The large-scale extraction of natural resources for sale in capitalist markets is not a new phenomenon, but in recent years global demand for resources has increased, leading to greater attention to the role of resource extraction in the development of the exporting countries. The term neoextractivism was coined to refer to the complex of state-private sector policies intended to utilize the income from natural resources sales for development objectives and for improving the lives of a country's citizens. However, this book argues that neoextractivism is merely another conduit for capitalist development, reinforcing the position of elites, with few benefits for working people.
With particular reference to the role of neoextractivism within Latin America and the Caribbean, using Guyana as a case study, the book aims to provide readers with the tools they need to critically analyze neoextractivism as a development model, identifying alternative paths for improving the human condition. This book will be of interest to academics and students in the fields of international development, political economy, sociology, and globalization, as well as to policymakers and political activists engaged in social movements in the natural resources sector.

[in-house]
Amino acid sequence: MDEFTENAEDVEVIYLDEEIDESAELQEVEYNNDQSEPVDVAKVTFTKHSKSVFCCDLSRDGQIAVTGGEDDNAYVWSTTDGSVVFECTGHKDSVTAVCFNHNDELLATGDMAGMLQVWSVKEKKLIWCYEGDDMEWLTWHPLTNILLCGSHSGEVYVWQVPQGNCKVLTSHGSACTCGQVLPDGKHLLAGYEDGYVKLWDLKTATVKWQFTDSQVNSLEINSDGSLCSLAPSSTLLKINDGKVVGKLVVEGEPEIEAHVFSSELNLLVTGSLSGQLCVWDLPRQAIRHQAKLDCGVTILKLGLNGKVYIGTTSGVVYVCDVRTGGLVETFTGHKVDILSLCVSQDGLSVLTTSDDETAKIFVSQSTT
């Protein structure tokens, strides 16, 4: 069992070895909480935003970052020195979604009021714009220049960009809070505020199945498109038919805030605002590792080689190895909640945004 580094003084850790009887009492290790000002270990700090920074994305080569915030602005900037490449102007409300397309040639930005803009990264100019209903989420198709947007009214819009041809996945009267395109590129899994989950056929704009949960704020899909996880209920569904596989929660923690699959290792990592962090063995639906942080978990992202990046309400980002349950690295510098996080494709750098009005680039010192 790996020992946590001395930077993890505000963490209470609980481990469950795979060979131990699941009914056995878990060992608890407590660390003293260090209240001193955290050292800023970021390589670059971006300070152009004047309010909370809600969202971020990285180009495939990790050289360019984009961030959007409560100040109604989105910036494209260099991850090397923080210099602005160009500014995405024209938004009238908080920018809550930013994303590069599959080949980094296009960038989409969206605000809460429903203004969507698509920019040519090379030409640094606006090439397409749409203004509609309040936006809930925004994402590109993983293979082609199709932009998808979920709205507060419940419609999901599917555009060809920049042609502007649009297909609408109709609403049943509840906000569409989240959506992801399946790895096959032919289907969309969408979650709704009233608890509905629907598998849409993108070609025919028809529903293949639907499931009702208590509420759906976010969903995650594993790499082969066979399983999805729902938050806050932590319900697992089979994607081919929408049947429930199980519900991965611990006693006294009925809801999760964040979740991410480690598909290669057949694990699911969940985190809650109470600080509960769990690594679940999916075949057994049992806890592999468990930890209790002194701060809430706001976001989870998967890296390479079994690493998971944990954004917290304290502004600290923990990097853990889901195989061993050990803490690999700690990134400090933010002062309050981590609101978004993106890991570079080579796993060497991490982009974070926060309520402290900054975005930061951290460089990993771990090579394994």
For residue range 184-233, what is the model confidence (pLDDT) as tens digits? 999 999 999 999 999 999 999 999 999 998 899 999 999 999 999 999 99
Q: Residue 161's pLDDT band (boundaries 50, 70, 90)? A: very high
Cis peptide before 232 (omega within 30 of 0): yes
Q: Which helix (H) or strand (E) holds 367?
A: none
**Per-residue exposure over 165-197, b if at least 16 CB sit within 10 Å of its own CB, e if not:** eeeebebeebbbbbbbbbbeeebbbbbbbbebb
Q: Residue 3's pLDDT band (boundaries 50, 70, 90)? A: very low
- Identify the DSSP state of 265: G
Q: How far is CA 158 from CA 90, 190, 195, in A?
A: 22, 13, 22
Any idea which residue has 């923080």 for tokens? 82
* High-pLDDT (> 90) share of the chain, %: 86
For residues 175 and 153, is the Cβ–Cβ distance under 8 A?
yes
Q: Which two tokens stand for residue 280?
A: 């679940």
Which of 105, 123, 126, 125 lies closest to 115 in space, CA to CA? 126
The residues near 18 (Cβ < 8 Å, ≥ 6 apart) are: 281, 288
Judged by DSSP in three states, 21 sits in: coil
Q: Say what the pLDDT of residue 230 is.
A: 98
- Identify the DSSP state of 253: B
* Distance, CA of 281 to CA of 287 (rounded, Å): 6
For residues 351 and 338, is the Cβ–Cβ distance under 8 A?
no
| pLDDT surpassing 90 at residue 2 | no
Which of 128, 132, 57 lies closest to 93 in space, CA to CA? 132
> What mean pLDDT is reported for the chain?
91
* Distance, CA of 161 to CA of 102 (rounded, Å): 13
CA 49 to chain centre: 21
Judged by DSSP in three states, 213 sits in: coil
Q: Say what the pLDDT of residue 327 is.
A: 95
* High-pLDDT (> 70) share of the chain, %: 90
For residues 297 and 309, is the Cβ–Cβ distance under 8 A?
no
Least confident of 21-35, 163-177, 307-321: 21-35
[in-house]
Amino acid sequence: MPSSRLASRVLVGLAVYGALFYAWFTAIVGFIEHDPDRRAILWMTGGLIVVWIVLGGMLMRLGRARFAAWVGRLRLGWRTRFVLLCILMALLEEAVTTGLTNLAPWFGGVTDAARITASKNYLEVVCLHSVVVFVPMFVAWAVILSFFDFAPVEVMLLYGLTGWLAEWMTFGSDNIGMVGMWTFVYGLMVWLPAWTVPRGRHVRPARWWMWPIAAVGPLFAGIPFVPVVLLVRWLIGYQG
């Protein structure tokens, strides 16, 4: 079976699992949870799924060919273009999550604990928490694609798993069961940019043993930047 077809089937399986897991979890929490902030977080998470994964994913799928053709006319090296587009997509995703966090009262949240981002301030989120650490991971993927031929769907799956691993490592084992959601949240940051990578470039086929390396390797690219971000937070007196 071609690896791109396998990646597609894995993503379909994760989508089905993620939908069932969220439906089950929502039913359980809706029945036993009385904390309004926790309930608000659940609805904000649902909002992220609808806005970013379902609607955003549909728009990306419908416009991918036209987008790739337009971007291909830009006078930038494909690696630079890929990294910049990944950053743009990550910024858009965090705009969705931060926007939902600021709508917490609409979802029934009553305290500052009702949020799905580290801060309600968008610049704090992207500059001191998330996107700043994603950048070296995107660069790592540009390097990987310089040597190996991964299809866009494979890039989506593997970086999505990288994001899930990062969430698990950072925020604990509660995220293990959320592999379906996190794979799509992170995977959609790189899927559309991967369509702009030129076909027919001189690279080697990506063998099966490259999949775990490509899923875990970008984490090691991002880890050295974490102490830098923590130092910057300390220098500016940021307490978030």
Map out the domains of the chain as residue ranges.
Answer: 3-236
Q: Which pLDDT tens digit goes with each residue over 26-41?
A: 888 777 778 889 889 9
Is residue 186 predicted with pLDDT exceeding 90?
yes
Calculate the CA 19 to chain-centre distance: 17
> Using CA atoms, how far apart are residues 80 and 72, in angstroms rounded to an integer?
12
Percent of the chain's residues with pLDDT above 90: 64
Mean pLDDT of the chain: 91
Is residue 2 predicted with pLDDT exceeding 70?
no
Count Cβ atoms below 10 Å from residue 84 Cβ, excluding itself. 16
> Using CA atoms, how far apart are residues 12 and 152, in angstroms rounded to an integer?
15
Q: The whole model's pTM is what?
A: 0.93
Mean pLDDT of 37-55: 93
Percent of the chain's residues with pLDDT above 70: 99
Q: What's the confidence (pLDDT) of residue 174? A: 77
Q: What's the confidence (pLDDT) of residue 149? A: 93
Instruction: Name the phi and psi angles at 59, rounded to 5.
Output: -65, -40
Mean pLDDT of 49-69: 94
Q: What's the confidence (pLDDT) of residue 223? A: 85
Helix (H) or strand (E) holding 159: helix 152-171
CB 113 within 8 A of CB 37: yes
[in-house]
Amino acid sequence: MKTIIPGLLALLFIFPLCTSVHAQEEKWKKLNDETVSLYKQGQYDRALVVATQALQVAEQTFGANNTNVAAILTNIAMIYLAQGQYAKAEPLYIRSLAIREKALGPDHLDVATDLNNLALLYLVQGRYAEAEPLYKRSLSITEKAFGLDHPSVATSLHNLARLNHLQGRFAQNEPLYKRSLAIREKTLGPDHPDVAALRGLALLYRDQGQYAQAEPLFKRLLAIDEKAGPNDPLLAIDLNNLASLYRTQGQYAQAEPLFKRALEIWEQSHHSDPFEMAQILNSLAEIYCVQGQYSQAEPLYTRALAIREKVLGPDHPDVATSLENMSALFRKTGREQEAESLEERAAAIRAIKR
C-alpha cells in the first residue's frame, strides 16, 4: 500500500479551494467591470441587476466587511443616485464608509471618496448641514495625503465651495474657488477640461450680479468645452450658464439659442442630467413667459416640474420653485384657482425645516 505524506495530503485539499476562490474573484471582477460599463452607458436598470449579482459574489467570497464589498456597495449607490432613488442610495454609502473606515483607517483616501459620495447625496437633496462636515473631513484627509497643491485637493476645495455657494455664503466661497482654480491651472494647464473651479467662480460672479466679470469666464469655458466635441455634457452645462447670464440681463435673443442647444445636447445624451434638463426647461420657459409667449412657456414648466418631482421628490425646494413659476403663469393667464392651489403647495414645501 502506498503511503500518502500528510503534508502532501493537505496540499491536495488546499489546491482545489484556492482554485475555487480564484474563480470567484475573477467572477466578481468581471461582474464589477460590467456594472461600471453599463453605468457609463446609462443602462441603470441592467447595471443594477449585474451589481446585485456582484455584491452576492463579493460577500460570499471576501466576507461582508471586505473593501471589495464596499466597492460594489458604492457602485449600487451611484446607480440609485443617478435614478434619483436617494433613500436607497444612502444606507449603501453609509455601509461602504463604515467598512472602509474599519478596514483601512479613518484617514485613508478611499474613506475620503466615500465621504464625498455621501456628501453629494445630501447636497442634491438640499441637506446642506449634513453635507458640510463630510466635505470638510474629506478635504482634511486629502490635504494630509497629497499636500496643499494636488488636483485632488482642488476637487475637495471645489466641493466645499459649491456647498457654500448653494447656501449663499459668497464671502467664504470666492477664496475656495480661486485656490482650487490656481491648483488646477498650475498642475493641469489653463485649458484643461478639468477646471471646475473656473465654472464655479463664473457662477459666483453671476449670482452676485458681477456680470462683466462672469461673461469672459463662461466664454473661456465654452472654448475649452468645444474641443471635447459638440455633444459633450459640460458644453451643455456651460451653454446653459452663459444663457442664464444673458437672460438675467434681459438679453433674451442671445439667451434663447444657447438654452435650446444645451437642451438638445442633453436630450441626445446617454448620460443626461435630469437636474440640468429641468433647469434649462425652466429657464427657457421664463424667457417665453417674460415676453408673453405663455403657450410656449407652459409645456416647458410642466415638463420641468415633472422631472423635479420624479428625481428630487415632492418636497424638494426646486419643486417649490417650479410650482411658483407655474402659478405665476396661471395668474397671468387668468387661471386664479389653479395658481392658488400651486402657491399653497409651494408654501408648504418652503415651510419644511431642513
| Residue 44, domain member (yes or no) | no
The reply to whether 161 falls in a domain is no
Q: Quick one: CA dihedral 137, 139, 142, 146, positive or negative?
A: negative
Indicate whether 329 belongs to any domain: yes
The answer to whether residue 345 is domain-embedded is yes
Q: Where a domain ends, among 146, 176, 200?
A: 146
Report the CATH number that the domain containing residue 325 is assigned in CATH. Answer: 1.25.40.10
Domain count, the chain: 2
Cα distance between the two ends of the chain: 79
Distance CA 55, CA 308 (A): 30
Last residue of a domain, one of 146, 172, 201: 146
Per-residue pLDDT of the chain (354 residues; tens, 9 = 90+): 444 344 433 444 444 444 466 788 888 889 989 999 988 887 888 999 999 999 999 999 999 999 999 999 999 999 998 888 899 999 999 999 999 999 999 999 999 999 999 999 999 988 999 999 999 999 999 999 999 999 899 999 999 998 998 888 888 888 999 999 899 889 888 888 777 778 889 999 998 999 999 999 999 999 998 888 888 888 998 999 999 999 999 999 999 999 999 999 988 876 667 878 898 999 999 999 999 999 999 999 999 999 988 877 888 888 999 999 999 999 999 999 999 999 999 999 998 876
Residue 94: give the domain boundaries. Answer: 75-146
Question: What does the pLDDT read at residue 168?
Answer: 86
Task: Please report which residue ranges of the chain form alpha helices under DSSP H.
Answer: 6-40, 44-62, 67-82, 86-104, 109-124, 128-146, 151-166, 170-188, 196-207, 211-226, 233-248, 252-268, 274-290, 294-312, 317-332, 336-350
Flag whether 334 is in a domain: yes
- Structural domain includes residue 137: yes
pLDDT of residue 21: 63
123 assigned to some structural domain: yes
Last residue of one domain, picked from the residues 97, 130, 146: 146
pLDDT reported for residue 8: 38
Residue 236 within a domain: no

TABLE OF CONTENTS
part I|104 pages
The debate on neoextractivism
part II|114 pages
Neoextractivism and development of center-periphery relations